The relevant evidence then needs to be assessed, which could come from journals, books, reports, expert opinions, and the input of the stakeholders. Relevant laws and regulations also need to be considered.

While the need for the development of ethics for the use of animals in sport is anecdotally recognized, efforts by regulators and stakeholders in equine sport have tended to be discipline-specific and ad hoc, Campbell said.
While the need for the development of ethics for the use of animals in sport is anecdotally recognized, efforts by regulators and stakeholders in equine sport have tended to be discipline-specific and ad hoc, Campbell said. Photo by Philippe Oursel

Campbell then proposes the use of what she calls a stakeholder matrix to lay out the various interests of each stakeholder, while also applying a harm–benefit analysis to the question or issue at hand.

A preliminary conclusion or decision can be reached based on the harm–benefit analysis. This must then be tested against the central tenets of the ethical framework.

“If any of the central tenets are compromised by the preliminary conclusion/decision reached through the harm–benefit analysis, reassess both the analysis and the conclusion,” she says.

Testing the preliminary conclusion against the central tenets will help in weighing up different stakeholders’ interests, she says.

“Testing initial conclusions from the harm–benefit analysis against the central tenets is a balancing and rebalancing process.

“The framework deliberately does not say anything about the relative weighing of different (sometimes conflicting) interests amongst humans — that must be left to the users of the framework, with appropriate acknowledgment of conflicts where they occur.”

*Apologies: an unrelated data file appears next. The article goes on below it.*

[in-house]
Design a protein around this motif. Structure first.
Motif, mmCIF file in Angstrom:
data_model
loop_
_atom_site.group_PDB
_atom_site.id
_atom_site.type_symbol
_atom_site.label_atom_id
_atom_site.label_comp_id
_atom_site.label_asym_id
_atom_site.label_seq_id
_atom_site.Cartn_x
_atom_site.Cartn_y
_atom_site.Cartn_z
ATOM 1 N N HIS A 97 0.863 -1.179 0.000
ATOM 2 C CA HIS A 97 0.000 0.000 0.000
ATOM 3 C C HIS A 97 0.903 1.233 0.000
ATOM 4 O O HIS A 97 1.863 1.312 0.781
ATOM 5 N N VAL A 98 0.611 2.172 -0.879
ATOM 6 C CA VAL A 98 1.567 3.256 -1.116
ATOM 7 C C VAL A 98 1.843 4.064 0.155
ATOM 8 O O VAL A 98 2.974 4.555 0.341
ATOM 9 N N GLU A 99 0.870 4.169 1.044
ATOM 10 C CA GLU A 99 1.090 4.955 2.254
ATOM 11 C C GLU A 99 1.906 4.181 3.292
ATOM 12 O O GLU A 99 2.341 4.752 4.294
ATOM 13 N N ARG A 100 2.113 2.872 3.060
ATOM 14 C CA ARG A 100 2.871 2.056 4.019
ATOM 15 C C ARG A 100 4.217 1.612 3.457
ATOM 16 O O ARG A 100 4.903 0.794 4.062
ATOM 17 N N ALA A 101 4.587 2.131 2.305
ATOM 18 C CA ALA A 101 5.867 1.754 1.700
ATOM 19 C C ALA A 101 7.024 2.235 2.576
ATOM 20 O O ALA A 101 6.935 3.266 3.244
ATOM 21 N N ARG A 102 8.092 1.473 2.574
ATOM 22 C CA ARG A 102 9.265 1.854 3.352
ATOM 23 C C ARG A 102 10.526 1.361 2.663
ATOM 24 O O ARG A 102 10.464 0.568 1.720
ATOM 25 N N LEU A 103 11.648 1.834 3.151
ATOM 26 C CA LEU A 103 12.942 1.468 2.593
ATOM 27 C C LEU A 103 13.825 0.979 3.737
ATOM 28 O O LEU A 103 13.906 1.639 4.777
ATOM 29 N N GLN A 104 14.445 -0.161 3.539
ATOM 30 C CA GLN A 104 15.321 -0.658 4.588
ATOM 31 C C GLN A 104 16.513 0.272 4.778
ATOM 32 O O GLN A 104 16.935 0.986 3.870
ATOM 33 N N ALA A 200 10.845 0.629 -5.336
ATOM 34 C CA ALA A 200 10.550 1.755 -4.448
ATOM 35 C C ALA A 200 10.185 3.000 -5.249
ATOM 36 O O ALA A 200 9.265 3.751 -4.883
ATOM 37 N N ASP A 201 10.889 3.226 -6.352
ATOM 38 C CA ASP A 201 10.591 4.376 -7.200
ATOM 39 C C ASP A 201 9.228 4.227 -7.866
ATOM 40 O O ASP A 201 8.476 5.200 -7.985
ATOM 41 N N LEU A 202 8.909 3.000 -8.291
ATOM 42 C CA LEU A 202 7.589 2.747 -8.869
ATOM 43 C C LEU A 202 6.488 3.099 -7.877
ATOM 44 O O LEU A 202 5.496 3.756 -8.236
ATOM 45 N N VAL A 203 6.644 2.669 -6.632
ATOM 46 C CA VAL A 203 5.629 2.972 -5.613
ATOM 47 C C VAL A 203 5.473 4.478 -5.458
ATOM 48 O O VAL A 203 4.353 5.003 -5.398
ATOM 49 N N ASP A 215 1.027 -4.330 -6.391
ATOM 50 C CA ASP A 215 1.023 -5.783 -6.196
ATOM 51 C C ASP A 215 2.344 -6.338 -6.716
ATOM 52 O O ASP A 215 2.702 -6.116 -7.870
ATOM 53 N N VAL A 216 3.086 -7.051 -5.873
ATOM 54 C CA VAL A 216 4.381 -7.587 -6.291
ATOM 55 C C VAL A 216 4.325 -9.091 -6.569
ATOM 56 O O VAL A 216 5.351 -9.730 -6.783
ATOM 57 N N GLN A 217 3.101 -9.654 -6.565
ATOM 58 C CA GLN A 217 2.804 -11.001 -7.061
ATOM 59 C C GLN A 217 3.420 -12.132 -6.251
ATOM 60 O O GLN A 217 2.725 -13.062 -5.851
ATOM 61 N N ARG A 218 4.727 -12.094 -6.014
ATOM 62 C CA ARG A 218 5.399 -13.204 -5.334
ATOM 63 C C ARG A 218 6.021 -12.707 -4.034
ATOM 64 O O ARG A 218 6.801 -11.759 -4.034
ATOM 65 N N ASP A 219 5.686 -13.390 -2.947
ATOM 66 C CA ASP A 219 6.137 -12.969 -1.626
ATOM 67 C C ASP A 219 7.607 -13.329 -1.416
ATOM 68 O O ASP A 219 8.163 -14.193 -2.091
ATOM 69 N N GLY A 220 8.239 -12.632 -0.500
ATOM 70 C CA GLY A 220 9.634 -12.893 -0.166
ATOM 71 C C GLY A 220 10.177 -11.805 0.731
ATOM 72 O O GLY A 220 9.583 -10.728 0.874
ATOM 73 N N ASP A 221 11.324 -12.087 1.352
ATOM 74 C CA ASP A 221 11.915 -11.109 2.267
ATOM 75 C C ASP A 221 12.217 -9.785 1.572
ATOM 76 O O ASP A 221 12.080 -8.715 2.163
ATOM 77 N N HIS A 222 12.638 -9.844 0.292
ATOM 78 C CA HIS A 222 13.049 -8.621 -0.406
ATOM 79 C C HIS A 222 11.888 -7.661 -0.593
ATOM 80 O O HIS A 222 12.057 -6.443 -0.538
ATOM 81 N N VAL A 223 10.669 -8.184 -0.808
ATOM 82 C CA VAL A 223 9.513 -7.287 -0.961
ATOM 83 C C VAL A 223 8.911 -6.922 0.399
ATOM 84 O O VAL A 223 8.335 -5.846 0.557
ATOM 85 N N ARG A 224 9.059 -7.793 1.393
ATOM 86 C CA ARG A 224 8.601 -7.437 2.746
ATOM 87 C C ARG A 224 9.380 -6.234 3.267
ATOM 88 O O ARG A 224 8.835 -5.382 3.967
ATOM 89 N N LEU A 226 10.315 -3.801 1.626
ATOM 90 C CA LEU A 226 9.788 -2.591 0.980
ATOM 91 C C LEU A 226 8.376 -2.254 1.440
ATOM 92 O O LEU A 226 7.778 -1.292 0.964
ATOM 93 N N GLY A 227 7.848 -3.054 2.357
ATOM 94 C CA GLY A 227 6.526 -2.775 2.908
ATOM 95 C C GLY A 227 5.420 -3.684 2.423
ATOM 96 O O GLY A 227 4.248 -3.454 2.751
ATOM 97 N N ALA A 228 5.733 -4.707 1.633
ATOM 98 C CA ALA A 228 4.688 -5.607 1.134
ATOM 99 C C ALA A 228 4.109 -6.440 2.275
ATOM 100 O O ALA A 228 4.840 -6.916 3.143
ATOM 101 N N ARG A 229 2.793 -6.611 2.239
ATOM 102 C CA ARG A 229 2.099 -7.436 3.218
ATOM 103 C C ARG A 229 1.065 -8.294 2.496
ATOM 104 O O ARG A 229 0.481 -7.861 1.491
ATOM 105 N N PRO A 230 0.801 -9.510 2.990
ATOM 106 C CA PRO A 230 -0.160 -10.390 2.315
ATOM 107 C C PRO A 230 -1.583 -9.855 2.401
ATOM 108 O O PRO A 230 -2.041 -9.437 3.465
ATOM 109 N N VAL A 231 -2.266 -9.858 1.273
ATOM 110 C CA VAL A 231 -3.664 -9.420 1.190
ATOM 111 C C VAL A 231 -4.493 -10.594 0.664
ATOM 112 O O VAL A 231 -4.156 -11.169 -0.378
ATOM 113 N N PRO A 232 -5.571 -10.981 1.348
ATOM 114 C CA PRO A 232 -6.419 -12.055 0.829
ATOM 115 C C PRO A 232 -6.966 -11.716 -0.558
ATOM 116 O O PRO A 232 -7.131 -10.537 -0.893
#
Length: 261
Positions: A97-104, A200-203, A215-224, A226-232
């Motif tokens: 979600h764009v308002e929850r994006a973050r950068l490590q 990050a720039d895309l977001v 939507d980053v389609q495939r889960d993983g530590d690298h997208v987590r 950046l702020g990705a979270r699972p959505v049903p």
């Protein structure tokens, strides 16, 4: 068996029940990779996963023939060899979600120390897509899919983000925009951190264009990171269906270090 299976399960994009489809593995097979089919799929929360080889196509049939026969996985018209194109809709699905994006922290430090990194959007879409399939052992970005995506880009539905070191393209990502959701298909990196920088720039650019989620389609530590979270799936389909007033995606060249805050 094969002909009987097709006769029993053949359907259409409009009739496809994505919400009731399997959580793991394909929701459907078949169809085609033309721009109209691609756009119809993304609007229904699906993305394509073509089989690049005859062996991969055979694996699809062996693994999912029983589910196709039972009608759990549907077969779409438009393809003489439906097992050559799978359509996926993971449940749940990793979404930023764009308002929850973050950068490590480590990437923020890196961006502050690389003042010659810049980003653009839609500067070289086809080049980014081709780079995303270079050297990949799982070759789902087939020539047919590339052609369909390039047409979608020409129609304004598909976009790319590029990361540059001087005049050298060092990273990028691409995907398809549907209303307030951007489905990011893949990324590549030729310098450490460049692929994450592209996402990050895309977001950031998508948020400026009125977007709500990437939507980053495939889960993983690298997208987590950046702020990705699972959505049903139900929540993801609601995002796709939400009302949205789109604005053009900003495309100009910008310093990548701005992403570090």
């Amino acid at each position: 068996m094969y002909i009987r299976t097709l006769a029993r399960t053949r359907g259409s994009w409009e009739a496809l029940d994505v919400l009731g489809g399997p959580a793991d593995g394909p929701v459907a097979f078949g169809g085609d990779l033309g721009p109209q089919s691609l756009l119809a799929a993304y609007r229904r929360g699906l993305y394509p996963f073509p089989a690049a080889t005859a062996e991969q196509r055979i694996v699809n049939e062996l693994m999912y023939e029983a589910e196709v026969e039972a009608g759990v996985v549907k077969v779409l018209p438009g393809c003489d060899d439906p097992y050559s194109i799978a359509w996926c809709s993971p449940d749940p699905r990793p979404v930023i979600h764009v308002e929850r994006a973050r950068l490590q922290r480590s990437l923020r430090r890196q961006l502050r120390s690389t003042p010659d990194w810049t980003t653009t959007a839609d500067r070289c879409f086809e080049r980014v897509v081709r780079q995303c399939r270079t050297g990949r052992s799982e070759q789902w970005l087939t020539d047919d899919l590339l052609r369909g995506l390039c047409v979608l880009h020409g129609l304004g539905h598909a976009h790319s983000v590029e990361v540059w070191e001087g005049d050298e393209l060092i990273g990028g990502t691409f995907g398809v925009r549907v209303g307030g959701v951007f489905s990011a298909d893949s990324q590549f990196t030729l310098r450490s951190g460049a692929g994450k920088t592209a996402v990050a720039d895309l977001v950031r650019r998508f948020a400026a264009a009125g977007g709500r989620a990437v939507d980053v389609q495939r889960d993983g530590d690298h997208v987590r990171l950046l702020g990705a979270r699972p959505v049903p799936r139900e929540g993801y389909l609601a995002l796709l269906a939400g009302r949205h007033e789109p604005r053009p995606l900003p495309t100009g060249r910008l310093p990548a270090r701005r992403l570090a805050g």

"Public, media, regulatory and governmental unease about health and welfare issues in sporting equines across disciplines is growing."
“Public, media, regulatory and governmental unease about health and welfare issues in sporting equines across disciplines is growing,” Campbell says. Photo by Markus Spiske

Conflicts may occur between stakeholder interests, she warns. “Can any conflicts be resolved by further reference to the central tenets of the framework? Can any conflicts be resolved by reference to evidence?

“Sometimes, apparent conflicts of interest are in fact disagreements over facts, and can be resolved by elucidation of those facts or by gathering further evidence.

“It is to be expected that conflicts will occur. Where this happens and they cannot be resolved, they should be noted, along with a brief explanation of the reason why they cannot be resolved.”

A final conclusion/decision or outcome should then be agreed, with any dissenting opinions noted. An action plan can then be established to implement it.

Campbell, whose work was supported by the charity World Horse Welfare, says her framework is designed to be applicable to all equestrian sports.

She cautions that ethical frameworks which are over-general are unlikely to be helpful in practice as their very generalisability makes it harder for stakeholders to easily see the applicability to their own situation.

“It is therefore anticipated that individual equestrian sports may choose to use this ethical framework as a starting point, and subsequently to develop sport-specific codes of ethics.”

She says the framework is currently being practically tested and refined in consultation with industry stakeholders. That research will be submitted for journal publication in due course.

Campbell, M.L.H. An Ethical Framework for the Use of Horses in Competitive Sport: Theory and Function. Animals 2021, 11, 1725. https://doi.org/10.3390/ani11061725

The study, published under a Creative Commons License, can be read here